40 CFR 70.4(b)(3) provides that the AG statement must include citations to administrative regulations that demonstrate adequate authority to carry out the program. In section VI of the AG statement (Monitoring, Recordkeeping and Reporting), the Texas AG cites to several provisions of the Texas Administrative Code which relate to monitoring. These regulations include 30 TAC 122.142(c) & (h), and 30 TAC Chapter 122, Subchapters G (Periodic Monitoring—122.600 et seq.) and H (Compliance Assurance Monitoring—122.700 et seq.). Sections 122.142(c) and (h) require permits to contain periodic monitoring and compliance assurance monitoring. Subchapters G and H implement the periodic monitoring and compliance assurance monitoring requirements. Therefore, one can determine what authority is included in the AG statement, and the AG statement addresses the issue of monitoring sufficient to determine compliance. The issue of whether Texas's periodic monitoring regulations and compliance assurance monitoring regulations are deficient will be addressed in our response to the citizen comment letters, as set forth in section V.C. Therefore, we do not agree with these comments.

C. Comments on Minor New Source Review (MNSR)/Part 70 Integration

The EPA received six comments pertaining to minor new source review (MNSR)/Part 70 Integration. The comments pertain to (1) Incorporation of MNSR, (2) Timing of incorporation on minor new source review requirements, (3) Procedure for incorporation of MNSR requirements, (4) Lack of sufficient monitoring, (5) Lack of specificity in MNSR permits, and (6) TNRCC's schedule for incorporating MNSR requirements into existing title V permit and authorizations.

1. Comment C1—Incorporation of Minor New Source Review (MNSR)

Public Citizen acknowledged that Texas has included Chapters 106 and 116 as applicable requirements. While Chapters 106 and 116 are the chapters that provide for preconstruction permits, Public Citizen is concerned that Texas's language is not as clear as the part 70 requirement that the definition of applicable requirement include “any term or condition of any preconstruction permits issued pursuant to regulations approved or promulgated through rulemaking under title I, including parts C or D, of the Act.” 40 CFR 70.2. Public Citizen believes that EPA should explain whether and how the Texas definition of applicable requirement is consistent with the part 70 definition and includes both past and future minor new source review requirements. In addition, because of the facial discrepancy between the Texas regulations and the part 70 definition, Public Citizen believes that the Texas AG should provide a legal opinion affirming this understanding.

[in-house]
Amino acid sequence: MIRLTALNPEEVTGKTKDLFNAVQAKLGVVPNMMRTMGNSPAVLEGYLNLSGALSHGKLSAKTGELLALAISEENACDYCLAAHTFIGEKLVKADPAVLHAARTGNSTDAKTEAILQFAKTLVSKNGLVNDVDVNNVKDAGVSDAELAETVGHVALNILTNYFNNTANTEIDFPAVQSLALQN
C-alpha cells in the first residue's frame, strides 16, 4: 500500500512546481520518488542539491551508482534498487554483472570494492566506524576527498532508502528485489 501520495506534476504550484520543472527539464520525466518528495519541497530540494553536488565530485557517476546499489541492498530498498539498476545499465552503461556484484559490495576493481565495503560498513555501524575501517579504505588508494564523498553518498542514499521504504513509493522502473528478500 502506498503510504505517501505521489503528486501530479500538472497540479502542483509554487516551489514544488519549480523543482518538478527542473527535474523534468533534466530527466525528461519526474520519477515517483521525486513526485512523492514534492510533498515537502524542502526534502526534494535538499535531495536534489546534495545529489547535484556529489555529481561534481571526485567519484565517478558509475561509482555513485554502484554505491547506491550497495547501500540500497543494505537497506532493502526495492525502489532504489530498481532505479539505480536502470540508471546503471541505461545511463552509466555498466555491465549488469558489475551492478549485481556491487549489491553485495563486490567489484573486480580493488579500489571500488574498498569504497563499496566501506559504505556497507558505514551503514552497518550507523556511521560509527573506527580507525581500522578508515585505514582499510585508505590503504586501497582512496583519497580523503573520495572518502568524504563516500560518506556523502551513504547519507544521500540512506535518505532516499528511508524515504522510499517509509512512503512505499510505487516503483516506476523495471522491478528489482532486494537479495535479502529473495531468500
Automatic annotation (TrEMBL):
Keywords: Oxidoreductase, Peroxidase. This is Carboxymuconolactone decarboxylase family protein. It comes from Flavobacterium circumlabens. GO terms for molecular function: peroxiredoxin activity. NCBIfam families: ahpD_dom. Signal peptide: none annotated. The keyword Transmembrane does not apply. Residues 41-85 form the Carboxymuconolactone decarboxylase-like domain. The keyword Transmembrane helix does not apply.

EPA Response to Comment C1

As the commenter noted, Chapters 106 and 116 implement Texas's preconstruction permit program. These chapters are part of the definition of applicable requirements. Texas's regulations also defines “applicable requirement” to include the terms and conditions of all preconstruction permits. The definition of “applicable requirement” in Section 122.10(2)(H) now provides that an applicable requirement includes: